Commonly referred to as Namsan Tower, N Seoul Tower is located on Mt. Namsan. On Sunday, I walked up the steps to the beautiful dubstep remix of my rapidly beating heart and heavy breathing. Stairs have never been my forte.
The day before, Monica, Brent, and I walked around Garosu-gil in Sinsa-dong (Gangnam District). This tree-lined street was a nice blend of old and new – some parts even reminded me of Europe. Monica and Brent were visiting me in secret. Our friend, Emily, was flying in the next day and we planned on surprising her at the airport. Due to my lethargic nature, I had initially told Emily that she could find her way to my flat on her own. After some thought, I figured I could at least meet her at Seoul Station. That plan was thwarted when Monica and Brent, who live in Busan, decided to come up and give her a proper [surprise] greeting. Do not get me wrong, Emily is one of my closest and dearest friends. I am just that lazy sometimes.
I call this “Brooding Brent.”
We stopped at a cute sandwich shop, sang “Call Me Baby” by EXO, and shopped around. Next on our list was Itaewon – the foreign hub of the city. Truth be told, I hated it. I bought a questionable “tail” for the Halloween costume I wore today (the fox from The Little Prince) from a lady who promised “the best price.” We made reservations at Braai Republic, a South African restaurant, and walked to a foreign food market. By the time we reached the store, my stomach demanded that I trek back to my flat. Those 45 minutes were some of the longest I have ever experienced. Anyway, hours later (after listening to Justin Bieber’s “Sorry” and GOT7’s “딱 좋아 Just right” several times) we surprised my friend Emily at the airport, walked around Hongdae, visited Changdeokgung Palace (which I will discuss in the next post), and hiked up to Namsan Tower.
We also ended up in a Pizza Hut bathroom.
Monica and Brent have the tendency to get people to hike up mountains their first night in South Korea. The day I arrived, I ended up hiking up a neighboring mountain at midnight to see a meteor shower. I begrudgingly passed the cable car line and took the love of my life, stairs, instead [cue Top Gun soundtrack]. Fortunately for us, we started the hike when the sun was beginning to set. My DSLR was throwing a tantrum on the hike up, so I unfortunately did not get any pictures.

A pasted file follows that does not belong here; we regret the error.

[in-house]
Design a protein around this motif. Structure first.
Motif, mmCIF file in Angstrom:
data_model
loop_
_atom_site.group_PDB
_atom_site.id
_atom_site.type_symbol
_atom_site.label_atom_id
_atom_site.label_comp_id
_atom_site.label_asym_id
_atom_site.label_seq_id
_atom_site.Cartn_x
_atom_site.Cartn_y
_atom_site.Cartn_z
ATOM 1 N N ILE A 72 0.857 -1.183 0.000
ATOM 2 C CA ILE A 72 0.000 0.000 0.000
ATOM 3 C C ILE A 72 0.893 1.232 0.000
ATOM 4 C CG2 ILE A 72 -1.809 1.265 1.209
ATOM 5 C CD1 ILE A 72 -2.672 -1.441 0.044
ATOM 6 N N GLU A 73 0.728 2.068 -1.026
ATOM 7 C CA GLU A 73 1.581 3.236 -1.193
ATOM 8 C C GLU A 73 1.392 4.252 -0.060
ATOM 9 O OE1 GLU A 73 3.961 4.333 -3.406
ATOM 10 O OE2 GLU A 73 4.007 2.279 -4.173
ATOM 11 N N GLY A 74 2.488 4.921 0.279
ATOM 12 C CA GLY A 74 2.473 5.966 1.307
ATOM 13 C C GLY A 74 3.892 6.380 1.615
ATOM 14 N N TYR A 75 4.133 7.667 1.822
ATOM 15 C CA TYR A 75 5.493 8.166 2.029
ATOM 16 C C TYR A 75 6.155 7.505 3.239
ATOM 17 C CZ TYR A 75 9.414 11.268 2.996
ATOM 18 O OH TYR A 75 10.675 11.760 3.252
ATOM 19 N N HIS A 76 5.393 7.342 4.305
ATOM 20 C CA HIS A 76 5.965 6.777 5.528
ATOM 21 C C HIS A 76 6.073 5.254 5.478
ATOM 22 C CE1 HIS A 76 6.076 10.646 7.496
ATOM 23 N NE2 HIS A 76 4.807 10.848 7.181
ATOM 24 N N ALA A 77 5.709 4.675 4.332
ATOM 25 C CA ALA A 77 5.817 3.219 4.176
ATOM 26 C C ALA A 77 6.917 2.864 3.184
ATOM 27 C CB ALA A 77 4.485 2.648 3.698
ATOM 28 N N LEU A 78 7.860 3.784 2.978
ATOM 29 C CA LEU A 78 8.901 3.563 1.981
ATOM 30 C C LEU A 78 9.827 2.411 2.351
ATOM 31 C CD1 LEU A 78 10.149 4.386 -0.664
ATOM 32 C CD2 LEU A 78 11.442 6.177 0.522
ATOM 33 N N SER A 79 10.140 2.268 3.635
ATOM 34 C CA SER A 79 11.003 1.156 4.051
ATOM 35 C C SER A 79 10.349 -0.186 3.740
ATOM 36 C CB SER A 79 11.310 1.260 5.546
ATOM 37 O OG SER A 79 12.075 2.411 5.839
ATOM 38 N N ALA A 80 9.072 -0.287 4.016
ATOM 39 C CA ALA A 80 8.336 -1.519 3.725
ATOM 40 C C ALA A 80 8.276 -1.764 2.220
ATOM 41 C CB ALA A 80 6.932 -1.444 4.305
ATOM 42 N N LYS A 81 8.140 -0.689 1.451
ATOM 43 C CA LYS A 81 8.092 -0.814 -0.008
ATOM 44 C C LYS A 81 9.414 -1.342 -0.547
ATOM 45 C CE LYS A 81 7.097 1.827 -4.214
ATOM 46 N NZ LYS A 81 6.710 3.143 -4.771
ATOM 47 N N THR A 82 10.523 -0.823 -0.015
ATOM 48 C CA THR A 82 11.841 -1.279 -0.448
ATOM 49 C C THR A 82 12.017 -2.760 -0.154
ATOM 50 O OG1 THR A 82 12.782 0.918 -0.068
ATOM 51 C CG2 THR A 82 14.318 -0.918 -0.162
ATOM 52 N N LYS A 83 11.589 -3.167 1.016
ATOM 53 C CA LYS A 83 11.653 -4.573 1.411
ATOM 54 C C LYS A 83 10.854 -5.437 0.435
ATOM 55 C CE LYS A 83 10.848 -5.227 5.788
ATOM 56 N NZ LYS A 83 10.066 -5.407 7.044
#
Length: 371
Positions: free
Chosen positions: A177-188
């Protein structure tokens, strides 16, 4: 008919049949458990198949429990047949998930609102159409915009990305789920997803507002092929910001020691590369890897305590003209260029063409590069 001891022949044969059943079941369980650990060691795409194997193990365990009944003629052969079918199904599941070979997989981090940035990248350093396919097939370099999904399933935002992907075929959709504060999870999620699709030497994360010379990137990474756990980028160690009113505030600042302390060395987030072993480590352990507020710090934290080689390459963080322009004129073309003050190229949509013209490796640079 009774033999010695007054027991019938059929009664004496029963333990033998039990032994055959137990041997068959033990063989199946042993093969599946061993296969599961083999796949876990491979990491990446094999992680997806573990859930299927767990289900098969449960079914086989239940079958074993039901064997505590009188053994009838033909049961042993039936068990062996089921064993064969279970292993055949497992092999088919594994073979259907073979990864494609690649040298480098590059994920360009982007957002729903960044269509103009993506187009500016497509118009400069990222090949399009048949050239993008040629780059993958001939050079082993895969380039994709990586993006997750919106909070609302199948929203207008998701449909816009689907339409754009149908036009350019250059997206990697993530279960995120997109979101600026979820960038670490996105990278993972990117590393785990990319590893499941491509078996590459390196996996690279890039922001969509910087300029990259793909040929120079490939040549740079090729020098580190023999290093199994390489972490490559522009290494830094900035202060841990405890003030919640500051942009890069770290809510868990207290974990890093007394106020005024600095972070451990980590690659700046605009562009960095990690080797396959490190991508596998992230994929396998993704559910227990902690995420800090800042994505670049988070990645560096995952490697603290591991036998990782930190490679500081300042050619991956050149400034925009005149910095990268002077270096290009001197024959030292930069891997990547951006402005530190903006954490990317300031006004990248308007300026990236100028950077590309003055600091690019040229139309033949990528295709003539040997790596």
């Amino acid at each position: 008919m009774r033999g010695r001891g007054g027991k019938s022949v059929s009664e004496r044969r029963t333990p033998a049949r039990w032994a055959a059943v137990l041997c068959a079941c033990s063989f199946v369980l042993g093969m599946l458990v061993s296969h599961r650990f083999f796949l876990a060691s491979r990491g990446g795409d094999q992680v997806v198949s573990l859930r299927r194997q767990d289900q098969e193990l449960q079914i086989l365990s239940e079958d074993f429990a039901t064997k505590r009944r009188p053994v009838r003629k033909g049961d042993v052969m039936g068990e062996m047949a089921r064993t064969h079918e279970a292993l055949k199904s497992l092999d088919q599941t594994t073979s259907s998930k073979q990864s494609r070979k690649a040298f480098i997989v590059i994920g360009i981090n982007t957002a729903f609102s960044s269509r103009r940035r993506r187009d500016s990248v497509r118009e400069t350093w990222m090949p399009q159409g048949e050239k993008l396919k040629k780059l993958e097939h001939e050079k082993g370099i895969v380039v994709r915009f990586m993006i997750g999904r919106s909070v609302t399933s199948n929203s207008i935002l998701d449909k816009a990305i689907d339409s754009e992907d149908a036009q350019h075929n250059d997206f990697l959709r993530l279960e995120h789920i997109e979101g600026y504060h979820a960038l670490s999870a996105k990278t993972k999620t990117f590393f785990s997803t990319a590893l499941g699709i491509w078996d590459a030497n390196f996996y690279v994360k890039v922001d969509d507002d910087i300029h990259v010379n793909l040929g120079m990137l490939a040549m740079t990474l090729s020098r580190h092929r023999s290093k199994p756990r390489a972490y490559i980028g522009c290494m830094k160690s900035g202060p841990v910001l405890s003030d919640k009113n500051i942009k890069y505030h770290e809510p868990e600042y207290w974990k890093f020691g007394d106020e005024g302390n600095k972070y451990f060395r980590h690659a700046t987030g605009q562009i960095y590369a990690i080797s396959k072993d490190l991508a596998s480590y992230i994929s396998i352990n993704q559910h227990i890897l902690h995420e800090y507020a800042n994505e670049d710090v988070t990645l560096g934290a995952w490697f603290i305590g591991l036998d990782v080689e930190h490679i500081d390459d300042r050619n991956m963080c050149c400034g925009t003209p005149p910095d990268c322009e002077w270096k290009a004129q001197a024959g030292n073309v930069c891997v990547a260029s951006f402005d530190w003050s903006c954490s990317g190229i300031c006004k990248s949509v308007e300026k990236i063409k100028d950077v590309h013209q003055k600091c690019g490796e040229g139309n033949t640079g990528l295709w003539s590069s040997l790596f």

After making it to the top, we bought tickets up to the observatory (₩9.000/$7.88). While in the long queue for the elevator, we got our “official” pictures taken. As inspirational as the ones advertised were, we just couldn’t muster up the will to succeed in taking a decent photograph.
By the time we made it to the top, we could see the city start to glow. My friends and I stayed up there for a bit and then our hunger pains began to strike. We queued again, but this time had a bag full of candy to keep us company. I highly recommend getting the “chicken feet.” I also saw Cow Tales in the candy store and almost cried. I should have bought more. Regret. Endless regret.
Monica, Brent, Emily, and I took a cab to Hongdae to eat. After eating some barbeque, we headed to “You Are Here,” a café run by YouTubers: EatYourKimchi and Talk To Me In Korean. In the café, there is a “Speaker’s Corner,” where a question is posted and you can answer it. Sometimes your clip gets selected to be featured in one of their videos. Fear not, Monica, Brent, and I made it in one. Prepare yourself my signature perpetually-plastered awkward smile. You can find us at 1:14.
OH ONE MORE THING. Monica bought me Kyuhyun’s CD, “A Million Pieces,” for my birthday. She also bought me a huge poster of him. I mean, she just gets me. There are so many pictures of him in Switzerland, it is hard to breathe. Am I hiking up Mt. Namsan again? Pinch me.
Picture of a beautiful picture.
A birthday cake for me and Nicole! Real ’88 friends.